The northern extremity of the harbour of Skiathos ends in a shallow lagoon defined by a narrow spit of land which cuts across to the hilly promontory of Pounta to the east. This was once the centre of the island’s most important and vital industry—boat-building. The tide of that industry has withdrawn and left the boatyards somewhat stranded, although in recent years the demand for traditional wooden cai―ques is reviving. The manufacture of boats was underpinned by the plentiful supply of pine-wood from the hills of the island. Today the level of activity is diminished, but it is fascinating nonetheless to see the shaped wooden elements being prepared and seasoned, the craft slowly taking form, and the visible presence of a highly specialized skill which has its roots in a long history.
Papadiamantis was born on Skiathos in March 1851 into a family predominantly of clergymen and sail ors; he was educated first on the island, and latterly in Chalcis and in Athens. Aged 21 he visited Mount Athos—a defining moment of his youth which reinforced his natural religious bent. He read philosophy at university and worked for the Greek press as a translator and story writer. In his life he published nearly 20 novels and over 100 short stories. In 1908 he returned to his native Skiathos, and died there in January 1911 at the age of 60. His writing has something of that astringent quality which char acterises every aspect of Greek island life: no words are ever wasted, and what is not said is often just as significant as what is said. The scenes he describes and settings he chooses are inhabited by simple folk and simple, but intense, joys: his vision, however, is that of the unsentimental realist, and his conclusions are fundamentally melancholy. He exalted the Greek landscape, the dignified simplicity of its people, and their ancient traditions: what Jean François Millet did for French rural life in his paintings, Papadiamantis did for Greek rural life in his writings. Millet was sometimes criticised for what were considered the repetitive and often inconsequential subjects of his drawings and paintings, and a similar commentary has been levelled against Papadiamantis. Some of his stories can have little objective activity, but their virtue lies in the deep tranquillity they convey, and in the empathetic and unsentimental eye that the author turns upon a world which he sensed, at every turn, was slipping away. He wrote in a simple, poetic Greek and exalted the poetry of simple lives. He never lost his deep moral conviction and devout religious passion; the house where he lived is of a monastic simplicity which matches the spareness of his choice of words.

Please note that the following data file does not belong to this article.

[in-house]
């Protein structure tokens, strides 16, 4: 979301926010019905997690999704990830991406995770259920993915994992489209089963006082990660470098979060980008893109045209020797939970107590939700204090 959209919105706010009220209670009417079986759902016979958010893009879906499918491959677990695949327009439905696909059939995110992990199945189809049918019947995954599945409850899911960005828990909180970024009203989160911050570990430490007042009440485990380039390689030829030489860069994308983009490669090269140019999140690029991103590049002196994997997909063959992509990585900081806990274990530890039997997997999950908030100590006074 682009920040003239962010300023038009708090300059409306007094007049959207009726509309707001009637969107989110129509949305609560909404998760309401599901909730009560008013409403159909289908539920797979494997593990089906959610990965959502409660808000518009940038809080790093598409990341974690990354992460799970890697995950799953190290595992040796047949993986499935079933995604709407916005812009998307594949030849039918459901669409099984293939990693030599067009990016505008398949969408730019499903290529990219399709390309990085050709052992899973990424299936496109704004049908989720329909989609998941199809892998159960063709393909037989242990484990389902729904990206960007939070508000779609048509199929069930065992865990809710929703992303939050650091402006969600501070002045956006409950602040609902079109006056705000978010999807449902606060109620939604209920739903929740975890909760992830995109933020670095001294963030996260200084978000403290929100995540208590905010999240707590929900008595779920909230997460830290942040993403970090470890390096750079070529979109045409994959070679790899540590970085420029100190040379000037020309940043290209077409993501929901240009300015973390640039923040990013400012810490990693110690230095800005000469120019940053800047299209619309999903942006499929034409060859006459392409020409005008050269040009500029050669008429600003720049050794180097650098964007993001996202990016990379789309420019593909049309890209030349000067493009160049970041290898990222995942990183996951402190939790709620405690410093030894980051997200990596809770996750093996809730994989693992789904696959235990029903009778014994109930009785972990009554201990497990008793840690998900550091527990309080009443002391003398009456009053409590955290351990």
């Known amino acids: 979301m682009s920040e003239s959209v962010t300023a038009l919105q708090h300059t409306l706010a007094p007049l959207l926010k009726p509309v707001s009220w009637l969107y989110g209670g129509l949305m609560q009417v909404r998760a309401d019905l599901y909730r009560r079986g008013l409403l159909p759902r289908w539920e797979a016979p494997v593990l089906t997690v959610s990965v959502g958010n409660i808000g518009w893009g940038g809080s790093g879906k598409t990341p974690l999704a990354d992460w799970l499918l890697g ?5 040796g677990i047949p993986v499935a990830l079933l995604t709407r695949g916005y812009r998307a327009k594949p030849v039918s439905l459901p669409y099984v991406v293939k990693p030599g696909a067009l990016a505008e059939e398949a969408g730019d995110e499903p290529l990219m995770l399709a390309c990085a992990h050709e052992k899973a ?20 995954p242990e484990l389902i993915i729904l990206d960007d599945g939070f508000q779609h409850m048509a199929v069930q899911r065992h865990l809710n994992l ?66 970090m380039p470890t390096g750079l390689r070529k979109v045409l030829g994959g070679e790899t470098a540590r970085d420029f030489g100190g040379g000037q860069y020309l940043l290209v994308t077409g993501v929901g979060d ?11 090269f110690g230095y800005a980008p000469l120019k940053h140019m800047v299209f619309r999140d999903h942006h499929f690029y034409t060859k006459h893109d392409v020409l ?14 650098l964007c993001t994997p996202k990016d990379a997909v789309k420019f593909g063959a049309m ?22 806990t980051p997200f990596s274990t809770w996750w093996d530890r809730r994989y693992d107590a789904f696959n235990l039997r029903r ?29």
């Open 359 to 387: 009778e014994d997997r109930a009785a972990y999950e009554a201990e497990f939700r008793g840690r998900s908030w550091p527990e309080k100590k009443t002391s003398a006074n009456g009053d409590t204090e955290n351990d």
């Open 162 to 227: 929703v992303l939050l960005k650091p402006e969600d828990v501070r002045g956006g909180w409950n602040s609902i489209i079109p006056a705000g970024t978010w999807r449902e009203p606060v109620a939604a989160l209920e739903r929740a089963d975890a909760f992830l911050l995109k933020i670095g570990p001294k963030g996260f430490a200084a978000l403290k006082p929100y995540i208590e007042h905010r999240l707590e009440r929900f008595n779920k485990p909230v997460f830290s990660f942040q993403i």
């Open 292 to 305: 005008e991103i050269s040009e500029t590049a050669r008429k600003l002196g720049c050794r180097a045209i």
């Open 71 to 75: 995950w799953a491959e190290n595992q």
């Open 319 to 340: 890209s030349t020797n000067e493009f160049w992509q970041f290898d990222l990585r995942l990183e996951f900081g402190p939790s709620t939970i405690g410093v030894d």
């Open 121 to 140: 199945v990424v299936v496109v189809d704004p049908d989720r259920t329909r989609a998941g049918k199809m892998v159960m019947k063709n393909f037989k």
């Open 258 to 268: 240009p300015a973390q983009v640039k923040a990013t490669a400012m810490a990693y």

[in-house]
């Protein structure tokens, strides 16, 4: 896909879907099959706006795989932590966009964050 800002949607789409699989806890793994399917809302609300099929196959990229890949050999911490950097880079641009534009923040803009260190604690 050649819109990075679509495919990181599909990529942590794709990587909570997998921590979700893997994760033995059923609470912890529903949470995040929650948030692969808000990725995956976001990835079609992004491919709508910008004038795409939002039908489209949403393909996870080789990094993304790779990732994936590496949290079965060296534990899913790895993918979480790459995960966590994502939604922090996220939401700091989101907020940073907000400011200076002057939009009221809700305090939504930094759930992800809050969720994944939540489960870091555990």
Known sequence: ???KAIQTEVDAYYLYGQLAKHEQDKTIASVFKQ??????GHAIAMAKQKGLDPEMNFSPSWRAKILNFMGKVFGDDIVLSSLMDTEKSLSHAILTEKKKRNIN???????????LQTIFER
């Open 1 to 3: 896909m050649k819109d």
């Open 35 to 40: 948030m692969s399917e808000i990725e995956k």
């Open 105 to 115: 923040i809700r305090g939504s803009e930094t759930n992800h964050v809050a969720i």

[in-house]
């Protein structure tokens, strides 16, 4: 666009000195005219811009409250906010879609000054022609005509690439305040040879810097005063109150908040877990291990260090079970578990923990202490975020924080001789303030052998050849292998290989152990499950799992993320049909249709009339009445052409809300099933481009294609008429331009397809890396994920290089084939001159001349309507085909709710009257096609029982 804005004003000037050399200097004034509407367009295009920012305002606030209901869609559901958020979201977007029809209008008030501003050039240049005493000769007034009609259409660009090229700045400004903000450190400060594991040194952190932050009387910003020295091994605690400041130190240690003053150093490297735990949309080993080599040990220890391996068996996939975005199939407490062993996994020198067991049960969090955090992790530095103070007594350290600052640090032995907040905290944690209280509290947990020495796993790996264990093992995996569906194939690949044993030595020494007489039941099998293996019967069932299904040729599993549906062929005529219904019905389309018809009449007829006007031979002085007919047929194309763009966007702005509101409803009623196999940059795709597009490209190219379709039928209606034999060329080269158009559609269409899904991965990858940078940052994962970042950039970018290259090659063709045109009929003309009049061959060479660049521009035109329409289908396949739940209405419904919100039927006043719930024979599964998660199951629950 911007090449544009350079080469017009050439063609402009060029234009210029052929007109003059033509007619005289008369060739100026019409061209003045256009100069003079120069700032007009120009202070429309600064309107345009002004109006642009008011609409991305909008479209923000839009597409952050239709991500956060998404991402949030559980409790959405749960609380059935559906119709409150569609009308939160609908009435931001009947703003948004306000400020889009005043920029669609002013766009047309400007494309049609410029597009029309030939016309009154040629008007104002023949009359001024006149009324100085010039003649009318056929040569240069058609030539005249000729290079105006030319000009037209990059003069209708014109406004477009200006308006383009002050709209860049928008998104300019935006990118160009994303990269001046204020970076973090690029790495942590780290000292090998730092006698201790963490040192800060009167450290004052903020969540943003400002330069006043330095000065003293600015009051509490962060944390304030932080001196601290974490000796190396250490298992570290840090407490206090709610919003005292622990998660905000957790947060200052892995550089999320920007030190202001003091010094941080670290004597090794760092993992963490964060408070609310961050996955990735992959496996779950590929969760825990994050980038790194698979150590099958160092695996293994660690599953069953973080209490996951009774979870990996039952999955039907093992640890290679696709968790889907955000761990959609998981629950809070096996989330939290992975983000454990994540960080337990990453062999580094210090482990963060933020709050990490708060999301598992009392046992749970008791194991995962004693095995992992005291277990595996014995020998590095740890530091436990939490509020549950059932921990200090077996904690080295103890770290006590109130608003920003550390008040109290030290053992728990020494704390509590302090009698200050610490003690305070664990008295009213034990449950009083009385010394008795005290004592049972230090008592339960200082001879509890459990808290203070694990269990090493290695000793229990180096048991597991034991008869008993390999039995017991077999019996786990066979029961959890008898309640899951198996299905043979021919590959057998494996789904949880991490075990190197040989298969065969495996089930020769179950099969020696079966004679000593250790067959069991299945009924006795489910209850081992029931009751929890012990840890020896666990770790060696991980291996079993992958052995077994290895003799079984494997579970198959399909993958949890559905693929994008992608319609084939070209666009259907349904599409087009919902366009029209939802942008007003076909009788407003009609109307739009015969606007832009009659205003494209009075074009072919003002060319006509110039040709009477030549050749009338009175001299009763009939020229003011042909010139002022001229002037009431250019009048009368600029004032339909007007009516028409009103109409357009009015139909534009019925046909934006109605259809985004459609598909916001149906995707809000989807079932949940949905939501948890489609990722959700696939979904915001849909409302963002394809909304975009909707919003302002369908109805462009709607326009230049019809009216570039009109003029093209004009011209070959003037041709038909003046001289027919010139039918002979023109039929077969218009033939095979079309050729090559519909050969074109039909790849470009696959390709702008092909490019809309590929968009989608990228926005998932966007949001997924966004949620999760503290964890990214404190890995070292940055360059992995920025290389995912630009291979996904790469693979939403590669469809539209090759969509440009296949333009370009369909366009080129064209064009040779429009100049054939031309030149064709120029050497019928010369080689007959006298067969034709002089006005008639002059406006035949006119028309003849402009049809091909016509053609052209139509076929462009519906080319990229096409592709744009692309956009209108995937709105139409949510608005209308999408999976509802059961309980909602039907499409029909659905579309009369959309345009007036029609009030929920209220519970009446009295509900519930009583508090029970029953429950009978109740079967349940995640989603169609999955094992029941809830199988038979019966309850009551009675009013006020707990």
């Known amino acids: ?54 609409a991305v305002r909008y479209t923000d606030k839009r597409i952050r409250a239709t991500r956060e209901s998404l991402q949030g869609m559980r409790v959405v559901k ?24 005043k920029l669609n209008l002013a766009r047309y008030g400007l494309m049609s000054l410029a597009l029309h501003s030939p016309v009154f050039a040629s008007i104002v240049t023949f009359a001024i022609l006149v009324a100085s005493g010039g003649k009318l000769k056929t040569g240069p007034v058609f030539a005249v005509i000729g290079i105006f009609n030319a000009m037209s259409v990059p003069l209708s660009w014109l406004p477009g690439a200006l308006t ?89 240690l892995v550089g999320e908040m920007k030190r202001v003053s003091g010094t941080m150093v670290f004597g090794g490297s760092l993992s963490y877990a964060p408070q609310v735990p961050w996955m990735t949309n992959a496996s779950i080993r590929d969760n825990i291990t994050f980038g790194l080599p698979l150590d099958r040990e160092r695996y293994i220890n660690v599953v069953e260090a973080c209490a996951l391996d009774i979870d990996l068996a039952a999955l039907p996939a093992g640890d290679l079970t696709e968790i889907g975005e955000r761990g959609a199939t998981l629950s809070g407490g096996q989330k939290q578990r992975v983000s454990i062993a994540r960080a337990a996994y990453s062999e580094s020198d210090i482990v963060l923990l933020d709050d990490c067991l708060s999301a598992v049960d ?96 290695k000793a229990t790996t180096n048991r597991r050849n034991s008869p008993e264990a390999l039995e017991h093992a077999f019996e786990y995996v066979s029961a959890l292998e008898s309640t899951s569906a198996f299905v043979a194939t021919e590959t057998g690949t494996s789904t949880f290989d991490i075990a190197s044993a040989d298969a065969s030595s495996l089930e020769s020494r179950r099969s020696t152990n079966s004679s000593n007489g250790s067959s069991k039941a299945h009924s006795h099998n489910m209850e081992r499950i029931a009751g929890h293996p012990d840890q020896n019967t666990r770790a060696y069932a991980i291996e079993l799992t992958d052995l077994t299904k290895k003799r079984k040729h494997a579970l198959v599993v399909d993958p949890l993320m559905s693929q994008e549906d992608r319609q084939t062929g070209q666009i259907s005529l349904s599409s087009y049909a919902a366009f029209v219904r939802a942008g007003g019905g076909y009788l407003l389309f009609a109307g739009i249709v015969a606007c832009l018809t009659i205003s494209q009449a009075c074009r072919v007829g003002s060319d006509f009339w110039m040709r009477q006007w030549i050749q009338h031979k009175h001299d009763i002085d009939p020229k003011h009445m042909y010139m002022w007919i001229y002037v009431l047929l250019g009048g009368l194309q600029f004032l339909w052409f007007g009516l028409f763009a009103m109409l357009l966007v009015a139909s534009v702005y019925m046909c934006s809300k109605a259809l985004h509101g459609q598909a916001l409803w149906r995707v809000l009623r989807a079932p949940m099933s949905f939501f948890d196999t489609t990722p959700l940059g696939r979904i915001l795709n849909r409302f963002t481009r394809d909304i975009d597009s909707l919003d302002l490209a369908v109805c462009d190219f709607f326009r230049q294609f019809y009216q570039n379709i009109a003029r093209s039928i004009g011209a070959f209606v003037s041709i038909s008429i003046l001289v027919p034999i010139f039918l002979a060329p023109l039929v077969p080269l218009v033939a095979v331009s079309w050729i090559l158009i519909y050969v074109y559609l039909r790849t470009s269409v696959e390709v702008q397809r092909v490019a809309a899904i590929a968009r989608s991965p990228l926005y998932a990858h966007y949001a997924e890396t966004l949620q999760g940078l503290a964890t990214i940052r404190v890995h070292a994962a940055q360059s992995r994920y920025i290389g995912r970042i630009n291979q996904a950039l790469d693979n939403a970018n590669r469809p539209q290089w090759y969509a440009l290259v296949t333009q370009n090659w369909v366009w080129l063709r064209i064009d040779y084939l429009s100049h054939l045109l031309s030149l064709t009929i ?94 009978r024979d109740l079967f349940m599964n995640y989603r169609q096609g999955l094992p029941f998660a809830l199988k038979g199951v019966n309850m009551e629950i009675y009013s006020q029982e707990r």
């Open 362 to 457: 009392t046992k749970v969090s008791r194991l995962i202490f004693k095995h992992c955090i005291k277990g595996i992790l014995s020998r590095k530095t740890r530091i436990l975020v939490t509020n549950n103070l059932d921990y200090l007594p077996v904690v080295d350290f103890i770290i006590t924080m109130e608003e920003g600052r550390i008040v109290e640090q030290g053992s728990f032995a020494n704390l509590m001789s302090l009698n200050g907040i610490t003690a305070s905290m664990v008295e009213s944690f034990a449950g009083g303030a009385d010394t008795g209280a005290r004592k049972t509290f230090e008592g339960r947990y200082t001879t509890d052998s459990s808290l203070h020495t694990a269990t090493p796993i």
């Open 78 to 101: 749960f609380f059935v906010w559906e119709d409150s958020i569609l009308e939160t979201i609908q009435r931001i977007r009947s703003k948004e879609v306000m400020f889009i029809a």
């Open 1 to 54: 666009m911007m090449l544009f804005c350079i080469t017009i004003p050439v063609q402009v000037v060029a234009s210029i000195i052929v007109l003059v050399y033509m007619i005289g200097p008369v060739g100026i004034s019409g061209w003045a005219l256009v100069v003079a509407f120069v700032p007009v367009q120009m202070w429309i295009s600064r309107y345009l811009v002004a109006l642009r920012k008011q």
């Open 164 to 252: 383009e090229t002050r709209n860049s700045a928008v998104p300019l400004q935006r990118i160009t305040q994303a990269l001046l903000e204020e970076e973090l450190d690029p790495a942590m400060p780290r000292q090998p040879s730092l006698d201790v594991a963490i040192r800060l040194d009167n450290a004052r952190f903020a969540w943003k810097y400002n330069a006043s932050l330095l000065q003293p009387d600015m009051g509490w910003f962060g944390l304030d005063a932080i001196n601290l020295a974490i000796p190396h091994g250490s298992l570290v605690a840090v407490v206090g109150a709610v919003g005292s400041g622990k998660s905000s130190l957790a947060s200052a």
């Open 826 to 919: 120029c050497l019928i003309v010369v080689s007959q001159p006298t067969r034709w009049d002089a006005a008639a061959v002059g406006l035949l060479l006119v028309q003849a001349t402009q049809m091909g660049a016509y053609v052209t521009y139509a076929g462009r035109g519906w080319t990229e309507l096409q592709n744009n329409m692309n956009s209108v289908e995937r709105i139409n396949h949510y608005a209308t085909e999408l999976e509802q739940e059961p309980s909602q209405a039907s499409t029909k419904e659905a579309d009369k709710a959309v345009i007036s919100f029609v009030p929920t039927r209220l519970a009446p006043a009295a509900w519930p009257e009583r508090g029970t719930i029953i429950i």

The Papadiamantis Museum has a small shop where it is possible to find his works both in Greek and in translation. An off-print is available in Greek and in English, of his hard and jewel-like short story, Love in the Snow.
Skiathos Island is part of the Sporades Island Group, Greece.